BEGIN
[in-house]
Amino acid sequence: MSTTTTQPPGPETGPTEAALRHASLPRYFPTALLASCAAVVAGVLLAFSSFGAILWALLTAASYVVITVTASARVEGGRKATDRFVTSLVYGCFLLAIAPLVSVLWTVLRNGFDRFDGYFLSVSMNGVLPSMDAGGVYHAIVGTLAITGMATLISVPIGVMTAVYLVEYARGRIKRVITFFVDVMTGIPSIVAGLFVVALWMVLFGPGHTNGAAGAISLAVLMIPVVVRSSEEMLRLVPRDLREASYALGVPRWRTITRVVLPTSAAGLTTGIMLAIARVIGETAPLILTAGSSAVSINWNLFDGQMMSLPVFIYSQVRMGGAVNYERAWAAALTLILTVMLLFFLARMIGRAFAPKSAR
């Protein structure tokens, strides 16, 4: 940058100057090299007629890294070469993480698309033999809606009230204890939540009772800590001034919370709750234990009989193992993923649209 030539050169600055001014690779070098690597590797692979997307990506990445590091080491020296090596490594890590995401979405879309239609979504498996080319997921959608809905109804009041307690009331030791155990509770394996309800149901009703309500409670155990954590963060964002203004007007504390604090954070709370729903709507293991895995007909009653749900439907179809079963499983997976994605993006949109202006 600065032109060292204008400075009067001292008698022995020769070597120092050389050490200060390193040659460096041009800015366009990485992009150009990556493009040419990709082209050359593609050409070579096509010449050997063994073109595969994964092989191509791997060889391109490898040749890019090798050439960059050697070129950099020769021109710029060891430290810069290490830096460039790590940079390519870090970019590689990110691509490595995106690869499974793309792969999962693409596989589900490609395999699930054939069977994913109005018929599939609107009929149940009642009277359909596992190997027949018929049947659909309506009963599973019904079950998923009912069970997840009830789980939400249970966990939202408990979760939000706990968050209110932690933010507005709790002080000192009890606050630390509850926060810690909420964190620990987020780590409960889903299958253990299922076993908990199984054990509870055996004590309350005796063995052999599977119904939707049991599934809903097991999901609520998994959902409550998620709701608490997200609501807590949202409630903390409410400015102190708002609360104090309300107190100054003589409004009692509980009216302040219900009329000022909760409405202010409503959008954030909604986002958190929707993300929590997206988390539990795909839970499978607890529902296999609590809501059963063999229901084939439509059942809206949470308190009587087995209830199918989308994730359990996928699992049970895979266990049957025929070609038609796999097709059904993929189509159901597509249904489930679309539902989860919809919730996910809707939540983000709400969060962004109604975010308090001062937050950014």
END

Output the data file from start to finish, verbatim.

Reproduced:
[in-house]
Amino acid sequence: MSTTTTQPPGPETGPTEAALRHASLPRYFPTALLASCAAVVAGVLLAFSSFGAILWALLTAASYVVITVTASARVEGGRKATDRFVTSLVYGCFLLAIAPLVSVLWTVLRNGFDRFDGYFLSVSMNGVLPSMDAGGVYHAIVGTLAITGMATLISVPIGVMTAVYLVEYARGRIKRVITFFVDVMTGIPSIVAGLFVVALWMVLFGPGHTNGAAGAISLAVLMIPVVVRSSEEMLRLVPRDLREASYALGVPRWRTITRVVLPTSAAGLTTGIMLAIARVIGETAPLILTAGSSAVSINWNLFDGQMMSLPVFIYSQVRMGGAVNYERAWAAALTLILTVMLLFFLARMIGRAFAPKSAR
């Protein structure tokens, strides 16, 4: 940058100057090299007629890294070469993480698309033999809606009230204890939540009772800590001034919370709750234990009989193992993923649209 030539050169600055001014690779070098690597590797692979997307990506990445590091080491020296090596490594890590995401979405879309239609979504498996080319997921959608809905109804009041307690009331030791155990509770394996309800149901009703309500409670155990954590963060964002203004007007504390604090954070709370729903709507293991895995007909009653749900439907179809079963499983997976994605993006949109202006 600065032109060292204008400075009067001292008698022995020769070597120092050389050490200060390193040659460096041009800015366009990485992009150009990556493009040419990709082209050359593609050409070579096509010449050997063994073109595969994964092989191509791997060889391109490898040749890019090798050439960059050697070129950099020769021109710029060891430290810069290490830096460039790590940079390519870090970019590689990110691509490595995106690869499974793309792969999962693409596989589900490609395999699930054939069977994913109005018929599939609107009929149940009642009277359909596992190997027949018929049947659909309506009963599973019904079950998923009912069970997840009830789980939400249970966990939202408990979760939000706990968050209110932690933010507005709790002080000192009890606050630390509850926060810690909420964190620990987020780590409960889903299958253990299922076993908990199984054990509870055996004590309350005796063995052999599977119904939707049991599934809903097991999901609520998994959902409550998620709701608490997200609501807590949202409630903390409410400015102190708002609360104090309300107190100054003589409004009692509980009216302040219900009329000022909760409405202010409503959008954030909604986002958190929707993300929590997206988390539990795909839970499978607890529902296999609590809501059963063999229901084939439509059942809206949470308190009587087995209830199918989308994730359990996928699992049970895979266990049957025929070609038609796999097709059904993929189509159901597509249904489930679309539902989860919809919730996910809707939540983000709400969060962004109604975010308090001062937050950014």